Trinity Hanif, a student at St. Michael-Albertville High School, obtained a grant to provide free menstrual products in her school. Now, she's urging state lawmakers to pass a bill that would do the same for public and charter schools across the state. Credit: Jaida Grey Eagle | Sahan Journal

To continue reading this article and others for free, please sign up for our newsletter.

Sahan Journal publishes deep, reported news for and with immigrants and communities of color—the kind of stories you won’t find anywhere else.

Unlock our in-depth reporting by signing up for our free newsletter.

Processing…
Success! You're on the list.

As a female high school student at St. Michael-Albertville, I experience firsthand the educational and economic consequences of having a menstrual cycle. My period causes me to miss school, leave class for extended periods of time, and lose focus during class.

When students don’t have menstrual products at school, their focus shifts. If I forget to bring menstrual products, I spend a significant amount of time searching for tampons and pads, or, I have to leave school for the day. 

This is an issue for many menstruators at my school, so I tried to convince my school board in 2020 to provide students with free menstrual products. They refused. I personally acquired a grant to fund the effort. Every week, I or a member of my Women’s Advocacy Club restock the bathrooms. However, when the grant runs out at the end of the 2021-2022 school year, so will our product supply.

There is one issue that is detrimental to the education of menstruating students across Minnesota, yet is rarely discussed: a lack of access to menstrual products.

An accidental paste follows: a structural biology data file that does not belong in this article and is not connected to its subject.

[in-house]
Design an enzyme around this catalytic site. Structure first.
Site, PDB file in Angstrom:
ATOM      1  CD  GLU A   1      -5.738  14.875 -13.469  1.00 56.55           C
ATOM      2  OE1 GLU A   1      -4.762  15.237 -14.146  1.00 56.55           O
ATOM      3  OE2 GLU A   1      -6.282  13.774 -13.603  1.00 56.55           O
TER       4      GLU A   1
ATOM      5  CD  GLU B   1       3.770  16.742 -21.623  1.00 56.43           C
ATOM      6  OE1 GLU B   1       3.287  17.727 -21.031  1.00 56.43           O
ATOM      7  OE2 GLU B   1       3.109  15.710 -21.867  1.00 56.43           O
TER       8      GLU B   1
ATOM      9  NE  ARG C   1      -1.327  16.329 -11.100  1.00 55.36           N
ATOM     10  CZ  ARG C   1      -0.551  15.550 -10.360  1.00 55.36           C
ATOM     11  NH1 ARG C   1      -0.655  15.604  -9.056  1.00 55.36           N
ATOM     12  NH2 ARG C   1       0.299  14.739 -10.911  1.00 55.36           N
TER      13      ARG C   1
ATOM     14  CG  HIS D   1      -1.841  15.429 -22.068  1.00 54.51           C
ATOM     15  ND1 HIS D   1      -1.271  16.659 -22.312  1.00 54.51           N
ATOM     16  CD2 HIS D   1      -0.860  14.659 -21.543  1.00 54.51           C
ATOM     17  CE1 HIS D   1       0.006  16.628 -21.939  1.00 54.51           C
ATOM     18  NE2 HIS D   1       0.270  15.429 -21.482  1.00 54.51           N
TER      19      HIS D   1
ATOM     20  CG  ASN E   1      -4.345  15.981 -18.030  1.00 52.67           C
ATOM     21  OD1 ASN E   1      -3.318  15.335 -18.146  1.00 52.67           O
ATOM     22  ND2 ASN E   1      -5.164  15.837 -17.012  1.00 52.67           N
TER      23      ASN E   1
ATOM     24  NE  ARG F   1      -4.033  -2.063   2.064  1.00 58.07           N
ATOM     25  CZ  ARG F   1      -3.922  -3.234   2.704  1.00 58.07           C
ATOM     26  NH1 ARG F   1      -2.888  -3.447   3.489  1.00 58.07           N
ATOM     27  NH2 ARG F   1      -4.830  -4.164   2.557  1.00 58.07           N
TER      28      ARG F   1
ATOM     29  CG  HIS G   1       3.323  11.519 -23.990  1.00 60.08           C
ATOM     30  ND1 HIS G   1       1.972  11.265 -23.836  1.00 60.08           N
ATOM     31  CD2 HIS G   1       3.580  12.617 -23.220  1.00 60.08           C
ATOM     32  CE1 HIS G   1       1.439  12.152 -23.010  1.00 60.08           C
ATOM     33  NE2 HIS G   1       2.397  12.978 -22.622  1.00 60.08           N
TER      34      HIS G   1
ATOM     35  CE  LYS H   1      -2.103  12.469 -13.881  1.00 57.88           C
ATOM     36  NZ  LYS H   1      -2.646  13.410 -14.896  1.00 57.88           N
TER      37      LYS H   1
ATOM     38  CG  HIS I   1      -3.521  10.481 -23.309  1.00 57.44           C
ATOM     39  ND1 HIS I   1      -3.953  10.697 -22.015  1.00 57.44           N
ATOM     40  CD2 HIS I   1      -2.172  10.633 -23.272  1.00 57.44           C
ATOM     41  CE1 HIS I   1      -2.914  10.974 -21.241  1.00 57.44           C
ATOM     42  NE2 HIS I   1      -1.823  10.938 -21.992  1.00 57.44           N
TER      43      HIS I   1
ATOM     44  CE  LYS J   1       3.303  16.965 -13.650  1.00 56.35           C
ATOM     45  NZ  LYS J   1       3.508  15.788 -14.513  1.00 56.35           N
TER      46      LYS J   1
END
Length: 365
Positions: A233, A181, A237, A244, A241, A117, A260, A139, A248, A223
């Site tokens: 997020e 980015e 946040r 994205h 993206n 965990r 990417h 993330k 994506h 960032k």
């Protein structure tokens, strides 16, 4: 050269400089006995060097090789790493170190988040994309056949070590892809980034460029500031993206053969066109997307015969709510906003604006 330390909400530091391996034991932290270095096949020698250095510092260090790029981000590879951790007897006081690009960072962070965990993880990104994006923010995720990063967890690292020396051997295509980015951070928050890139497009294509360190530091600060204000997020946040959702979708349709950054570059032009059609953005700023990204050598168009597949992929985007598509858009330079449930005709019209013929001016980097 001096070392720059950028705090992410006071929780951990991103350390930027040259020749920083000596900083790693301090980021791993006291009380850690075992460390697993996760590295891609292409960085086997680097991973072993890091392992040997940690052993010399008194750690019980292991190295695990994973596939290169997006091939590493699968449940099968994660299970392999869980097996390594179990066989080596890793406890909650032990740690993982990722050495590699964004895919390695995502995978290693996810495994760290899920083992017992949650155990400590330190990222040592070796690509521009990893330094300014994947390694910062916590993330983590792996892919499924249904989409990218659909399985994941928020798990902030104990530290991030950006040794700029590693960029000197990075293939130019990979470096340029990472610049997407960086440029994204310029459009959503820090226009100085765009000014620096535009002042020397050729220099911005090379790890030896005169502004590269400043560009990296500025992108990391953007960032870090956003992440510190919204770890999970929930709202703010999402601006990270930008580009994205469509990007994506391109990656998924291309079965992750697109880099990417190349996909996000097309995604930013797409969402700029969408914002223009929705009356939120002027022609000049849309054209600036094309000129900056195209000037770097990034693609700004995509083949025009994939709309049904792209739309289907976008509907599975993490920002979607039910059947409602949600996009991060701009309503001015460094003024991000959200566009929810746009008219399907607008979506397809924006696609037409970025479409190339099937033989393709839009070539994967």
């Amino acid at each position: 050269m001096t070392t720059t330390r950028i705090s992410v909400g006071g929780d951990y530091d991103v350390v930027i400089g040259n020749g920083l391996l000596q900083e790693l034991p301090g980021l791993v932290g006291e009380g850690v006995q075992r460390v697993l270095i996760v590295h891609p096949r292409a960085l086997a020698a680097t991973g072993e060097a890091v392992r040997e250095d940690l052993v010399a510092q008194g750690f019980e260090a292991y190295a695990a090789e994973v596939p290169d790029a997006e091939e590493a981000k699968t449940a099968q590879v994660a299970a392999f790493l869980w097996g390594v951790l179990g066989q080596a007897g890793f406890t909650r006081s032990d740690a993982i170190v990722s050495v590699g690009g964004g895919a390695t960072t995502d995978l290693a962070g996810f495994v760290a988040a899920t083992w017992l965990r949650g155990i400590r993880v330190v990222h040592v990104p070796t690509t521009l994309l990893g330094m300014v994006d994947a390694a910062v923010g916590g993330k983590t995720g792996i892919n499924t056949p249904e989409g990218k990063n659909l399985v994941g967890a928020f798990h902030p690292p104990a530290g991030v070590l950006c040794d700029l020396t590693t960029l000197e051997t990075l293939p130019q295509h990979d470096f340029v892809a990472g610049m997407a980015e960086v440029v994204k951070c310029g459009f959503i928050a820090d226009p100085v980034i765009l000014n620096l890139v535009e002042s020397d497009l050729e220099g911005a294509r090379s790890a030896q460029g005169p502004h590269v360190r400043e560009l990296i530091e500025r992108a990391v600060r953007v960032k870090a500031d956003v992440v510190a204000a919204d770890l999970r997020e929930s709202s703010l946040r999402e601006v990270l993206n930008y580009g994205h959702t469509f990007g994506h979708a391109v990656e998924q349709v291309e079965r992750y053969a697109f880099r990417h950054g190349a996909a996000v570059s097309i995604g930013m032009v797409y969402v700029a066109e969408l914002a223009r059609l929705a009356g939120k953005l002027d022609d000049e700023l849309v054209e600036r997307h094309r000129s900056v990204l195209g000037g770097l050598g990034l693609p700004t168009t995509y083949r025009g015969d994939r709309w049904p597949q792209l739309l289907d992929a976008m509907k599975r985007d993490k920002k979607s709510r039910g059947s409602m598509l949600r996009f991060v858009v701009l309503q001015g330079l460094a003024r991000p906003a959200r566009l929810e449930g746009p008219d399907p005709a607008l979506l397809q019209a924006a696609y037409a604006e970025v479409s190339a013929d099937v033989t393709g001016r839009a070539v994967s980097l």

Through my work on the governor’s Young Women’s Cabinet, I have come across many problems that need to be addressed. However, there is one issue that is detrimental to the education of menstruating students across Minnesota, yet is rarely discussed: a lack of access to menstrual products.

Schools provide a variety of hygiene products at no cost to students: toilet paper, soap, paper towels, etc. However, menstrual products are rarely on that list. Menstruators are expected to have those products on hand, which puts them at a disadvantage compared to their non-menstruating counterparts.

These products come at a high cost. In the course of a year, a menstrator buys $150-$300 worth of product. If they’re not accessible, menstruators in need often resort to alternative methods (toilet paper, rags, paper towels, etc.), or, ration their supply by using the same menstrual product over an extended period of time instead of replacing it regularly. This can lead to adverse health effects such as fatal toxic shock syndrome or vaginosis, which are caused by harmful bacteria. 

Nearly twenty-five percent of U.S. students say they struggle to access period products. Many feel the stigma surrounding menstruation has inhibited the availability of menstrual products in schools. One in five students have difficulty accessing or affording sanitary products, which is called period poverty, and 16 percent buy sanitary products in place of food and clothing.